The New Romance

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Album Name Length Format Sample Rate Price
The New Romance 42:10 $11.98
Buy Individual Tracks
# Track Title Length Format Sample Rate Price
1 Something Bigger, Something Brighter 5:21 $1.49 Buy
2 The Grandmother Wolf 3:11 $1.49 Buy
3 Mr. Club 1:00 $1.49 Buy
4 All Medicated Geniuses 3:36 $1.49 Buy
5 Blue Lights 3:16 $1.49 Buy
6 Chemical, Chemical 2:51 $1.49 Buy
7 (NO TITLE) 0:48 $1.49 Buy
8 The Teeth Collector 4:19 $1.49 Buy
9 Holy Names 4:09 $1.49 Buy
10 The New Romance 4:23 $1.49 Buy
11 This Is Our Emergency 3:56 $1.49 Buy
12 A Certain Cemetery 5:20 $1.49 Buy

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On last year’s debut, Pretty Girls Make Graves asked, "Do you remember when the music meant something?" Now, with their bigger, brighter followup 'The New Romance', Pretty Girls Make Graves are through with questions – they’re here to remind you themselves.

Pretty Girls Make Graves formed in Seattle in 2001, fused together out of the still glowing embers of nearly a dozen important groups. Andrea and Derek had played together in Death Wish Kids and Area 51 along with Dann Gallucci, with whom Derek formed the popular Murder City Devils. Shortly before the Murder City Devils called it quits, he and Andrea started Pretty Girls Make Graves with Jay (who was in Kill Sadie and Sharks Keep Moving) and Nick and Nathan (both in Bee Hive Vaults). The band released an EP on DimMak before releasing their debut album 'Good Health' on Lookout in April 2002. If 'Good Health' was the exhilarating sound of five people mashing their myriad ideas and influences into fresh noise, 'The New Romance' is the sound of one incredibly confident band capable of anything.

Brilliantly produced by Phil Ek (Modest Mouse, Built To Spill, Les Savy Fav), 'The New Romance' magnifies Pretty Girls Make Graves’ songcraft and technical prowess while letting some air into their songs and keeping things in crisp focus. Every song on 'The New Romance' is an anthem, yet without traditional verses and choruses. Tension builds and shifts without conventional release, as moments of glassy beauty and rousing aggression trade sides. Dissonant, spiralling guitar parts butt up against handclaps and singalongs. Deep and creepy rhythms undermine pop sensibilities, then give way to swaggering beats moments later. As CMJ wrote, "the notion that hard rock should be not only intellectually stimulating and structurally imaginative, but just plain fucking enjoyable, doubles as their theme and M.O."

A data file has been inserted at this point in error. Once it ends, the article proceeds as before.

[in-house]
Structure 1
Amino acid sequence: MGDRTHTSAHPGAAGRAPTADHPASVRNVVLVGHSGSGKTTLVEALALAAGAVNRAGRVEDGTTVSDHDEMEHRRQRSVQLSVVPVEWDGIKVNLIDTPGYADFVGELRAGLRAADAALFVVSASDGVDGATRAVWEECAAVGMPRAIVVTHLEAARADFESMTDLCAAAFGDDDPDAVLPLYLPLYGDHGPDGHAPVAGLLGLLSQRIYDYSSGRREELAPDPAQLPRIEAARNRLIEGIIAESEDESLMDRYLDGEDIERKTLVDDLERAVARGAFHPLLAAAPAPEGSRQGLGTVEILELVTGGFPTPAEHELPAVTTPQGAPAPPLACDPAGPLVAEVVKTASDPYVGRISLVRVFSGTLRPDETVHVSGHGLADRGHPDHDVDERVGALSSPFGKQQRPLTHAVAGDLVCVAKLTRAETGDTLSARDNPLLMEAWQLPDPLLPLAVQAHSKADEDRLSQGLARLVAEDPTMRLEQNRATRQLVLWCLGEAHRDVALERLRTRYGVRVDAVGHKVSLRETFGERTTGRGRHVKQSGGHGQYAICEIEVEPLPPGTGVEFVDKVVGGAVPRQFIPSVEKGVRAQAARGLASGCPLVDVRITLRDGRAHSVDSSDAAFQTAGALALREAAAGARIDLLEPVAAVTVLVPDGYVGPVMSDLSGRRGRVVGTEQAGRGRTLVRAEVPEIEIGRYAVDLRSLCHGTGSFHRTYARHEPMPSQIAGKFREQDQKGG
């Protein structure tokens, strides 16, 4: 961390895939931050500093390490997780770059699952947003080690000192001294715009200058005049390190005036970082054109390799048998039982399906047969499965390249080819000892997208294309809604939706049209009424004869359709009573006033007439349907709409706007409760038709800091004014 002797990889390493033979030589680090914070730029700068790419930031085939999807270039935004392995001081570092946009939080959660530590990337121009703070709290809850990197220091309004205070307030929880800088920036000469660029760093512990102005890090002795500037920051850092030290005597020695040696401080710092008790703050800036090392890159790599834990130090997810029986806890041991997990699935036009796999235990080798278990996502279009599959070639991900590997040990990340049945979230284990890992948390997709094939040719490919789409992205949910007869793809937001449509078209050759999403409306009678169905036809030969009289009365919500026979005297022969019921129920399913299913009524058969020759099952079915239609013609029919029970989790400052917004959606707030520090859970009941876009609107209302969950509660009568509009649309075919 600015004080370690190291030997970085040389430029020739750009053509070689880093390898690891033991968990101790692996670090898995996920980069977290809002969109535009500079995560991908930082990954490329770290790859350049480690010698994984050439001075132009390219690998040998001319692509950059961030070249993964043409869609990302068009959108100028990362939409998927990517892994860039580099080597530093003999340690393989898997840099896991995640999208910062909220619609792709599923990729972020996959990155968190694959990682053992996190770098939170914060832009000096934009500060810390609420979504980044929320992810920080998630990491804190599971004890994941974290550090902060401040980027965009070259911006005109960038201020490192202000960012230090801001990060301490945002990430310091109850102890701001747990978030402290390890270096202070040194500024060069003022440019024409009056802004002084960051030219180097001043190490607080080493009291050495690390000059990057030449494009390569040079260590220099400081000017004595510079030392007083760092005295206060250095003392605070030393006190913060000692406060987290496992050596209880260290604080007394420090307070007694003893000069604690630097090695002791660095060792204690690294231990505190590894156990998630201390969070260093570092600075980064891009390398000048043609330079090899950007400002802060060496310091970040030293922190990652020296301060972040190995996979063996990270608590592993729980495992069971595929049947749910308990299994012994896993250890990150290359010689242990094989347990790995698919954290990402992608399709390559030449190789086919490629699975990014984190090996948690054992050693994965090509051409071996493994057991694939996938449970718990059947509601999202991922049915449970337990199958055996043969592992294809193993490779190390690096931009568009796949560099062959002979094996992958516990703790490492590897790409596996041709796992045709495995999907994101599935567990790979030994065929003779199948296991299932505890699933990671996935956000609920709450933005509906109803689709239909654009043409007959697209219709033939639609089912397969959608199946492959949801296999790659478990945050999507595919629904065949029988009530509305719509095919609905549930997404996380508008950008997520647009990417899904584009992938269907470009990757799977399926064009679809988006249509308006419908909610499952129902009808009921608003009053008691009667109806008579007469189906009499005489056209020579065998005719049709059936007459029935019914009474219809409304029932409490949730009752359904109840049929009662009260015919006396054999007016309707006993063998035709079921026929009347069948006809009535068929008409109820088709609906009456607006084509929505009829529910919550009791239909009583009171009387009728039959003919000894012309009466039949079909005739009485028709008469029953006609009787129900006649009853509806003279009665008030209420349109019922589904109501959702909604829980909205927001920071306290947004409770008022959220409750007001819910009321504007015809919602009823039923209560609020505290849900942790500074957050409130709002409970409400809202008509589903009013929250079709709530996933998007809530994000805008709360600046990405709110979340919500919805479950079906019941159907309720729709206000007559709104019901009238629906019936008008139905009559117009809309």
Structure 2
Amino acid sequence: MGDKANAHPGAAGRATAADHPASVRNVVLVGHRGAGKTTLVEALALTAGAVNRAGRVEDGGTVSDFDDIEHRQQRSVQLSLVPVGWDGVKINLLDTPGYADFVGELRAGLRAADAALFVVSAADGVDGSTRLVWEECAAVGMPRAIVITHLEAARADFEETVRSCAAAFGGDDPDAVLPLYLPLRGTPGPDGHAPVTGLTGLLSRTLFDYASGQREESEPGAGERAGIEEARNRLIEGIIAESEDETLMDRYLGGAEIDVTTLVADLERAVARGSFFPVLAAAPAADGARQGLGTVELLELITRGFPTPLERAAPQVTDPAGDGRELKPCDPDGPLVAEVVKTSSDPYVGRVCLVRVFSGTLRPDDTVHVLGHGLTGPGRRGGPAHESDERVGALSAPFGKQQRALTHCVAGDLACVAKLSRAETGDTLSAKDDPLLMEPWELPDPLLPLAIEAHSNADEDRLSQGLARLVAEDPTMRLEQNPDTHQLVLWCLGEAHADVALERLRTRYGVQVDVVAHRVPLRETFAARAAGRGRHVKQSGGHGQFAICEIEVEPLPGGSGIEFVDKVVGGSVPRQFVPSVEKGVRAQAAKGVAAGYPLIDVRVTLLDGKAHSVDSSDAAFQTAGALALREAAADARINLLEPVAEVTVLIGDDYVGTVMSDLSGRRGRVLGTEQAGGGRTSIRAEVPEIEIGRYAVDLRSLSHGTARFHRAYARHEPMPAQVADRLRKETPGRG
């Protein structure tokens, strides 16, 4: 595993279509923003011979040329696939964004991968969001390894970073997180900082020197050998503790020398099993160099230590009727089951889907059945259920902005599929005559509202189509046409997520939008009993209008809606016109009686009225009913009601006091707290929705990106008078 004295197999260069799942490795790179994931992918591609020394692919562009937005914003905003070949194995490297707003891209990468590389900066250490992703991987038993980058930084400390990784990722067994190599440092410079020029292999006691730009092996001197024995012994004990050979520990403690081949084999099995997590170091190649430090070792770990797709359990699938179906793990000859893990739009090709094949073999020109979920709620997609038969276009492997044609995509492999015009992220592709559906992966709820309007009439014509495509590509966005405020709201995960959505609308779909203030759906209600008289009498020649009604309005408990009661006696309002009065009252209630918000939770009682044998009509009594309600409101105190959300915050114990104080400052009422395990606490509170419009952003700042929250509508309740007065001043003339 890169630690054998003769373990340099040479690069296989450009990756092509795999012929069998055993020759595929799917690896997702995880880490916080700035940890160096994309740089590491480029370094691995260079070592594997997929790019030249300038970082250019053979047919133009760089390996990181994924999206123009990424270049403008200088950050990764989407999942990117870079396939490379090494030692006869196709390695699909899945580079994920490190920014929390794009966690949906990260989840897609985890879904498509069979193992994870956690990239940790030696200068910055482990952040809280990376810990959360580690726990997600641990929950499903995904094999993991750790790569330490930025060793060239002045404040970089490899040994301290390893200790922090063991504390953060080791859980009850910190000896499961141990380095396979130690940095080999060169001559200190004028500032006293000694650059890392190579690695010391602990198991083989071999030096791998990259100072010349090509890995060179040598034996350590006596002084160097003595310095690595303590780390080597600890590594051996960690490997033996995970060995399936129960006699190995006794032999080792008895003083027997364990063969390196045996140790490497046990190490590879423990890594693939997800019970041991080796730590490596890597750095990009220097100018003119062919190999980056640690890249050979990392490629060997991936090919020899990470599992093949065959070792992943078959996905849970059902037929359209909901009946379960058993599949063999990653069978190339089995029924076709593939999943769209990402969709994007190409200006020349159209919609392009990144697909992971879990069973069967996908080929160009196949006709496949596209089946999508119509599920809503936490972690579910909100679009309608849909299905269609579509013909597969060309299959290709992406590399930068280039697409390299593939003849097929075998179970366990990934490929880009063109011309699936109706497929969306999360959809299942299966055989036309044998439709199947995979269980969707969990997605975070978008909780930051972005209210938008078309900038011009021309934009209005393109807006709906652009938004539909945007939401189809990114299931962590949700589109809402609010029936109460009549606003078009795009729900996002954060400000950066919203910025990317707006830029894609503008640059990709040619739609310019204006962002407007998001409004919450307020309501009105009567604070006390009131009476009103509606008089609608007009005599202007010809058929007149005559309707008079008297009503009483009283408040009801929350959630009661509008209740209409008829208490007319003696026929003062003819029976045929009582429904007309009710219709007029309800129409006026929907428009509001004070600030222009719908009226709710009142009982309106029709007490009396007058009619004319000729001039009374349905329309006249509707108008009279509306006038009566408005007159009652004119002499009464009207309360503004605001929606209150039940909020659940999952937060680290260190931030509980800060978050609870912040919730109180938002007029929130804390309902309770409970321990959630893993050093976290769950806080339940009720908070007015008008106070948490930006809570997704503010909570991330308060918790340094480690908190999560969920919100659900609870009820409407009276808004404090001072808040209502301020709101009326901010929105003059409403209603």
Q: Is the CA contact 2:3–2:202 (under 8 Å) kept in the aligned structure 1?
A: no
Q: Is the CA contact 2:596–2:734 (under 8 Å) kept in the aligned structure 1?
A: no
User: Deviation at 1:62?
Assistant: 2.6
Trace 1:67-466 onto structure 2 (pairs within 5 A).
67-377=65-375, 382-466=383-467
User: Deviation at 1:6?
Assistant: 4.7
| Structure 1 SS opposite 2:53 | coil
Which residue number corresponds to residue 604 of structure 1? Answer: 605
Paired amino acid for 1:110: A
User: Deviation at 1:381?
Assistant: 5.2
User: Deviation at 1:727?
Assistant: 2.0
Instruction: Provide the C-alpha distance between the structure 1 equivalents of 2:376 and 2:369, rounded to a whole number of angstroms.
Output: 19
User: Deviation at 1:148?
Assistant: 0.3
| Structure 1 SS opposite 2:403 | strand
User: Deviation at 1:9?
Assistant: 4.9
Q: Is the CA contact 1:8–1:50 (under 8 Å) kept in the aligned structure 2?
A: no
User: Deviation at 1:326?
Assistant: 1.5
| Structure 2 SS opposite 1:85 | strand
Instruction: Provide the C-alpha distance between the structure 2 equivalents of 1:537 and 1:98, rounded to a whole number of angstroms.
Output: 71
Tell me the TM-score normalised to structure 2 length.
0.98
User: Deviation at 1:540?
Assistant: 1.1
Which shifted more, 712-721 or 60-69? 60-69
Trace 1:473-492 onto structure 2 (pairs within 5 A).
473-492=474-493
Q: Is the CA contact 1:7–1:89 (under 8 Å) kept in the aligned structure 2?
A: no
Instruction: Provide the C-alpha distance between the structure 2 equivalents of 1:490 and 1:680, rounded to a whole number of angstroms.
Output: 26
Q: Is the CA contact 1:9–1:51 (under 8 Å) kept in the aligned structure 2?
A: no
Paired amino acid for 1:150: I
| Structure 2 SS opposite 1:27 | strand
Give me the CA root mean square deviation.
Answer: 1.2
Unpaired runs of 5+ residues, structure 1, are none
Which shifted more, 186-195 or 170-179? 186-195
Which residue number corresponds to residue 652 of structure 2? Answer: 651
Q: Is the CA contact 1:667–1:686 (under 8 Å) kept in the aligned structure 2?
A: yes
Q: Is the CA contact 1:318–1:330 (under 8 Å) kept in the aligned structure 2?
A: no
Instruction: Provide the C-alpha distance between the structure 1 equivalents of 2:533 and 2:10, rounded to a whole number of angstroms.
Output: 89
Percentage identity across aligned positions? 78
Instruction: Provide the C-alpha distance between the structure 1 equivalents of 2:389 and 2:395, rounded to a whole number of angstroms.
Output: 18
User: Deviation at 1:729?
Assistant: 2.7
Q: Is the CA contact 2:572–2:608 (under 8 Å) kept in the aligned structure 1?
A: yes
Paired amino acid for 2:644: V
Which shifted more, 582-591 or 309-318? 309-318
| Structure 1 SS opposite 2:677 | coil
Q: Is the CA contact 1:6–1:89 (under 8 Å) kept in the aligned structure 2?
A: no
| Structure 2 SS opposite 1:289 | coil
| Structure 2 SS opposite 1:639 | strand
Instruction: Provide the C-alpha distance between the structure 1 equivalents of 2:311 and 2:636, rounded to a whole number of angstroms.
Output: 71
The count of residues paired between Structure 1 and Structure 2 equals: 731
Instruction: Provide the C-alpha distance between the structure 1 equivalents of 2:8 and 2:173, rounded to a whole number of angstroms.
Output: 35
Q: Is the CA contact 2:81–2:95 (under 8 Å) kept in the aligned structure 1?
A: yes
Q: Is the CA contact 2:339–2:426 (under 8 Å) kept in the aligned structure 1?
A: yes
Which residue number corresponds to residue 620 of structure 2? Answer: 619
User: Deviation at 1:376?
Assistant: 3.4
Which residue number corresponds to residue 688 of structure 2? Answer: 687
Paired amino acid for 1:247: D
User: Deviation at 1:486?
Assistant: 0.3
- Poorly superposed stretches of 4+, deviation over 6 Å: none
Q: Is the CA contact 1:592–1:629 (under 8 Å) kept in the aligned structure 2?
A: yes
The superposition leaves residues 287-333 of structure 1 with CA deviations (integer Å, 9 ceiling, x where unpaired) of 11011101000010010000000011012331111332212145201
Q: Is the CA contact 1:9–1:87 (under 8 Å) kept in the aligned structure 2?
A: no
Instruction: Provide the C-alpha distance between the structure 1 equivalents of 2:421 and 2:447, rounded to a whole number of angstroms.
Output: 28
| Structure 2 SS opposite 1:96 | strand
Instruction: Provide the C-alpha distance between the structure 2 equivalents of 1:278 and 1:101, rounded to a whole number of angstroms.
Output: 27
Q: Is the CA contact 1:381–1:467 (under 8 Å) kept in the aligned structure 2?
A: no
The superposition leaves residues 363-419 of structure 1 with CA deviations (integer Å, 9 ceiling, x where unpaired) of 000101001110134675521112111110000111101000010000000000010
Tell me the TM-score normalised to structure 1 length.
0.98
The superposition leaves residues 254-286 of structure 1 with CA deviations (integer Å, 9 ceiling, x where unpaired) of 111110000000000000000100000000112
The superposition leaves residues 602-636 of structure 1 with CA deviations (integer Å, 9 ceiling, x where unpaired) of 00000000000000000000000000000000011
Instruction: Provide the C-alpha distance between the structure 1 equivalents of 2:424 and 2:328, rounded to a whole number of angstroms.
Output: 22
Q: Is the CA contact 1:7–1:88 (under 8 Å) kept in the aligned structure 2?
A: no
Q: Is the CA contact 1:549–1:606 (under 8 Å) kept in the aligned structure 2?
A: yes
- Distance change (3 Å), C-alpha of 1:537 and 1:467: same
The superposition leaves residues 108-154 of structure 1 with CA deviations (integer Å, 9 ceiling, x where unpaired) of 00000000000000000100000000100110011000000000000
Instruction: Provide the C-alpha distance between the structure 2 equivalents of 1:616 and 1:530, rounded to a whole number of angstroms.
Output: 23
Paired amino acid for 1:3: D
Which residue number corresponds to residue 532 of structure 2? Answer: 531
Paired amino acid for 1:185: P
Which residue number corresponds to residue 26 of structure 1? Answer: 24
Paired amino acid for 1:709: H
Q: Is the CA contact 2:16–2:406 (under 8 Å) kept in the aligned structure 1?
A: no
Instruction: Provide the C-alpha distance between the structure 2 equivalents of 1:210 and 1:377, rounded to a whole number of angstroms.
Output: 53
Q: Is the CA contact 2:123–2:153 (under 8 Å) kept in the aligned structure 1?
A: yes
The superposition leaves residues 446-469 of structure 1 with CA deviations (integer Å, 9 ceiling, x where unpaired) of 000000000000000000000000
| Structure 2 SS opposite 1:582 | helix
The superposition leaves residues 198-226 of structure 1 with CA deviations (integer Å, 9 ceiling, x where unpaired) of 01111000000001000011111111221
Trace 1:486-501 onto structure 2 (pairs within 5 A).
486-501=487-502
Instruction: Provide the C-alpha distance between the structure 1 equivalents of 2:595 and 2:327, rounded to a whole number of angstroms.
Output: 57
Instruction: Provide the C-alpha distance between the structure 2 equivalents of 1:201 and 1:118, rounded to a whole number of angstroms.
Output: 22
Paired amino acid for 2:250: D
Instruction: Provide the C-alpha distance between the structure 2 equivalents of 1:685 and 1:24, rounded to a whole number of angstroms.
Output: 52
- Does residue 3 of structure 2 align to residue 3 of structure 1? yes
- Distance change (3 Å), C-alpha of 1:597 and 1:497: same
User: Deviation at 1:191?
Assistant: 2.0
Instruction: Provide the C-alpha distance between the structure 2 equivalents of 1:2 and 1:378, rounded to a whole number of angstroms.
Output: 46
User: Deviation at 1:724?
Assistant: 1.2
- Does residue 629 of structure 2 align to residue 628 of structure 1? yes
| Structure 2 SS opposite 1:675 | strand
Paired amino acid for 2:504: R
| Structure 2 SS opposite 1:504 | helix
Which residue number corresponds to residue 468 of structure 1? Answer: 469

Lead singer Andrea Zollo is ferocious, sultry, and whip-smart. She sings about separation, sedation, television, boredom, sadness, and addiction – and does so with enough urgency to snap you out of all six. Basically, she wants you to get off your ass. "We want more than memories," she sings in "The Grandmother Wolf." "All Medicated Geniuses" bemoans a "spent and sick" city where "our ideas die so quickly" – maybe the same city of "A Certain Cemetary," where the feelings are "as dark as this town…let’s get out of this mess." (Yo, Seattle!) "I’m fine," Zollo insists on "Blue Lights," and though you know she’s anything but, 'The New Romance' is hardly about wallowing; Pretty Girls Make Graves are all about the galvanizing power of their music. The album’s high point is the inspirational "This Is Our Emergency," which reminds us not to give up on the few dreams we have left. "It hasn’t been in vain," sings Zollo (listen closely, you can almost hear her fist in the air), "unfulfillment is killing you." The song is a masterpiece, a rousing alarm claxon, a middle-finger raised against apathy, and a group hug all rolled up into an utterly essential three minutes and forty-four seconds.

Some people are gonna say that 'The New Romance' is the album of the year, but forget that: It’s the album of the moment. So put down your iPod and quit Googling yourself. This is your emergency, too, ya know.
The New Romance? Pucker up, tiger.